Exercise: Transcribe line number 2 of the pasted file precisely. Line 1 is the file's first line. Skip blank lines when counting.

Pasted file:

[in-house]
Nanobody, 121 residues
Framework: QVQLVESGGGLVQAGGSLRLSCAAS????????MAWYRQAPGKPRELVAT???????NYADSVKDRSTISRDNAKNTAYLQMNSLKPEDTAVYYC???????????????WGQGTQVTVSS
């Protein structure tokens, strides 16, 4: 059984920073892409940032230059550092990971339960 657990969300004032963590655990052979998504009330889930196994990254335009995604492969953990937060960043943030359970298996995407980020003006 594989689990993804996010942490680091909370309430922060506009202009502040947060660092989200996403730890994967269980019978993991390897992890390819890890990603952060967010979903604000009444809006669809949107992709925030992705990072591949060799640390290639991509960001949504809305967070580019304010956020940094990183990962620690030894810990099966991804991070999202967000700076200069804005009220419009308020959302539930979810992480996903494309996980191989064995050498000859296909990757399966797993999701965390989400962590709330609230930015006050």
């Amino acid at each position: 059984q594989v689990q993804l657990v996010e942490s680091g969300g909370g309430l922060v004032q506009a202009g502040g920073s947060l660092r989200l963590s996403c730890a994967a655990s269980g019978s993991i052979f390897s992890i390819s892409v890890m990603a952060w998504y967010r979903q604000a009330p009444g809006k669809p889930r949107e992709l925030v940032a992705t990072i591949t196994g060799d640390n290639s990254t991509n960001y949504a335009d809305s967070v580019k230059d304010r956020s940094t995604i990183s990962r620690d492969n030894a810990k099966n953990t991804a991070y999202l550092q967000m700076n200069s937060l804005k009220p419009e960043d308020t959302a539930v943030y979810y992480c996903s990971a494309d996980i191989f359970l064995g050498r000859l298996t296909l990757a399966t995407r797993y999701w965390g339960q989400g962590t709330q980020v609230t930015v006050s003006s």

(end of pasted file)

Nanobody, 121 residues